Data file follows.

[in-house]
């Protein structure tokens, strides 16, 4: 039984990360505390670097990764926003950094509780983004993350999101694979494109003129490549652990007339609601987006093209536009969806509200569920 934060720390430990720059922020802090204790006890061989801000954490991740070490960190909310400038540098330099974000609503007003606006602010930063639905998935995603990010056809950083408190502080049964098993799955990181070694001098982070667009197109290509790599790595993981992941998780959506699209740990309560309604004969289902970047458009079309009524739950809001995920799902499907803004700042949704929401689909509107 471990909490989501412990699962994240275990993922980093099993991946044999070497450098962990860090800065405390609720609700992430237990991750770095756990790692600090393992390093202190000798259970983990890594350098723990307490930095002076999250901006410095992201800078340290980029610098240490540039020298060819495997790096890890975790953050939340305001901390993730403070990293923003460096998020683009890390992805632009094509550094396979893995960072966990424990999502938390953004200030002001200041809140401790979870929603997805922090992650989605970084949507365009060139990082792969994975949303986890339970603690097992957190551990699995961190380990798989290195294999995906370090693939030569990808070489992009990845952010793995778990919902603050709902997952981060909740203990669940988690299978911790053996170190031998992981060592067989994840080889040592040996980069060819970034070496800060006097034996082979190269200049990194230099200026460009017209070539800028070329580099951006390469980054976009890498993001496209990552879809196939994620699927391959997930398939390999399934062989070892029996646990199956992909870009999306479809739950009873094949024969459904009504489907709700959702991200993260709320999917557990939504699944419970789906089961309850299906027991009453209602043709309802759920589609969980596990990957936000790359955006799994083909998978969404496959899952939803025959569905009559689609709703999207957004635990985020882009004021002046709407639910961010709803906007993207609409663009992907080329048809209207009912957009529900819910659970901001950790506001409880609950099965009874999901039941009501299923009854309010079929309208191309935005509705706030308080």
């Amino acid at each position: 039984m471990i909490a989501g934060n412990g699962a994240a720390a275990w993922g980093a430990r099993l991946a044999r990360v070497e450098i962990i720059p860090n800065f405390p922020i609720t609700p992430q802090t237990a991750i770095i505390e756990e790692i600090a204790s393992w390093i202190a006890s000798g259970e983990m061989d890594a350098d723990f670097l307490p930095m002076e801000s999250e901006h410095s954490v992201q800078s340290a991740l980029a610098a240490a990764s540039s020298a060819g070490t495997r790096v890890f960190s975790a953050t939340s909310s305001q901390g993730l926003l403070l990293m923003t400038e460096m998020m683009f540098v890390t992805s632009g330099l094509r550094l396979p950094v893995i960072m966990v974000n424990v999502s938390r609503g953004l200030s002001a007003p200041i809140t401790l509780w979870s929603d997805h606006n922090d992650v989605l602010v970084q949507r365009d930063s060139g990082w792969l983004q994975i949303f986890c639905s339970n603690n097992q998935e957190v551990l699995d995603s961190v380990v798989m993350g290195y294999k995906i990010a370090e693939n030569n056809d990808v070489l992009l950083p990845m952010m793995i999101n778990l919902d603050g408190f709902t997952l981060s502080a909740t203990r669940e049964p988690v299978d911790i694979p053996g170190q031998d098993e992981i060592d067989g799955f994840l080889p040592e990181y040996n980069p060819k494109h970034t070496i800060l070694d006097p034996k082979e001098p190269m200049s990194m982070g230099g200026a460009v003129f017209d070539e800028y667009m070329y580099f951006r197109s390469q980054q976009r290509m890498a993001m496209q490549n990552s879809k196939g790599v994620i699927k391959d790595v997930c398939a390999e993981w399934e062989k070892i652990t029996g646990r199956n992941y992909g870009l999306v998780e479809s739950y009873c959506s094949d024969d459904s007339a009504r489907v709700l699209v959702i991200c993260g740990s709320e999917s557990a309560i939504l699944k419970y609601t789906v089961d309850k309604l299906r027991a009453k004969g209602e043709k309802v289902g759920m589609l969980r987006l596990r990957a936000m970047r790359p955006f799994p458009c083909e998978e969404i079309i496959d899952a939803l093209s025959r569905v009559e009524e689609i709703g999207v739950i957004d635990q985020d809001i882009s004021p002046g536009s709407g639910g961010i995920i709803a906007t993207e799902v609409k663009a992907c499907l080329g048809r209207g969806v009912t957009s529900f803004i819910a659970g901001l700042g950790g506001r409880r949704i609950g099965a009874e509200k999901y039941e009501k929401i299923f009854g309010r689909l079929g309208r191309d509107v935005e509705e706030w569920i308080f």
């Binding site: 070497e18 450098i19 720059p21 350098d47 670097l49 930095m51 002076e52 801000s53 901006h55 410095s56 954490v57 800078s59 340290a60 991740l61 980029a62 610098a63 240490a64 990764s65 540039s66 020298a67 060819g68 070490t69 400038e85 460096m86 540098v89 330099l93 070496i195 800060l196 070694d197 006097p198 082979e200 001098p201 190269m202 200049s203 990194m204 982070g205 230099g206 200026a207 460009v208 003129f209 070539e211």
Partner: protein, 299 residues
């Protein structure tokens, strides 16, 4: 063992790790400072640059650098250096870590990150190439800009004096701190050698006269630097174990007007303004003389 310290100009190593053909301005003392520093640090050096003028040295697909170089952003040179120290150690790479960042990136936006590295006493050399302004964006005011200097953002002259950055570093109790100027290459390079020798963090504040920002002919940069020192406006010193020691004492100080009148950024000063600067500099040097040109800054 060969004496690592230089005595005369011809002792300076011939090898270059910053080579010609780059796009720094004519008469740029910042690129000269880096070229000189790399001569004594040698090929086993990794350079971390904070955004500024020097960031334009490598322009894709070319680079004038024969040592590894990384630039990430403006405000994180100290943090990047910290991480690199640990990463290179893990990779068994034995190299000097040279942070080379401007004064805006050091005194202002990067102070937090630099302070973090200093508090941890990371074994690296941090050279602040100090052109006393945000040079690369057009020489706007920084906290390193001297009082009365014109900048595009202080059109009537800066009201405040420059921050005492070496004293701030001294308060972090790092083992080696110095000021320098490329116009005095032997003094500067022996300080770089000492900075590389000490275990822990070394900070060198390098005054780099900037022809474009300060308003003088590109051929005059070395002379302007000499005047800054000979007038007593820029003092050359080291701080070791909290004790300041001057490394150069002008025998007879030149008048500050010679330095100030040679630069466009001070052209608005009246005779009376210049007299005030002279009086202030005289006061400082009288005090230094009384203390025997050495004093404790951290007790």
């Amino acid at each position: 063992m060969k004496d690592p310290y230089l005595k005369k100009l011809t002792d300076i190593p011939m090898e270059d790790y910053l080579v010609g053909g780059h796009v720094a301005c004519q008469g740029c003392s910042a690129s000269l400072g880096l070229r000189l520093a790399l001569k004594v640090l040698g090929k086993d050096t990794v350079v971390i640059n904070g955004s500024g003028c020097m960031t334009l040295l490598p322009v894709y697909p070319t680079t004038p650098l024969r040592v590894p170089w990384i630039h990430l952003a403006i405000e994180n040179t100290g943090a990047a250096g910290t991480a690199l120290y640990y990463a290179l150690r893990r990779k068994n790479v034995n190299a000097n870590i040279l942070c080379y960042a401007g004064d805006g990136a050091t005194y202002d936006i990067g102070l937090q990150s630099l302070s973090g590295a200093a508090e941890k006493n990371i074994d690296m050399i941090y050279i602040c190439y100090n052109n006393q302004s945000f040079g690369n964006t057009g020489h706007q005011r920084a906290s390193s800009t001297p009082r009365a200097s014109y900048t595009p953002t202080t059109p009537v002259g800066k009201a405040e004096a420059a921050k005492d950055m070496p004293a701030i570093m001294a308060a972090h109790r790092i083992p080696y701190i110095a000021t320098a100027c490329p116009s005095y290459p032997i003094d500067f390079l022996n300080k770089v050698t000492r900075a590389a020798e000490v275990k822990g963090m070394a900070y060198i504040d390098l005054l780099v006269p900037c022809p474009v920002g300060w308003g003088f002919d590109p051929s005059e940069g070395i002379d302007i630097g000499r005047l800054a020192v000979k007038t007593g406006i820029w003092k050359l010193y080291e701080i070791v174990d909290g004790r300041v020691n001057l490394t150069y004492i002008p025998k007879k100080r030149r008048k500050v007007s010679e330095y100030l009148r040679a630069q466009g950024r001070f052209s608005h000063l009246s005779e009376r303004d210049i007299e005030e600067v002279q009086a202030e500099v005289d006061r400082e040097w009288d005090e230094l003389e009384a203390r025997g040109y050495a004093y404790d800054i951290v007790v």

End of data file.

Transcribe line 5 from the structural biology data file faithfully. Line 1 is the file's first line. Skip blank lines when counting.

Partner: protein, 299 residues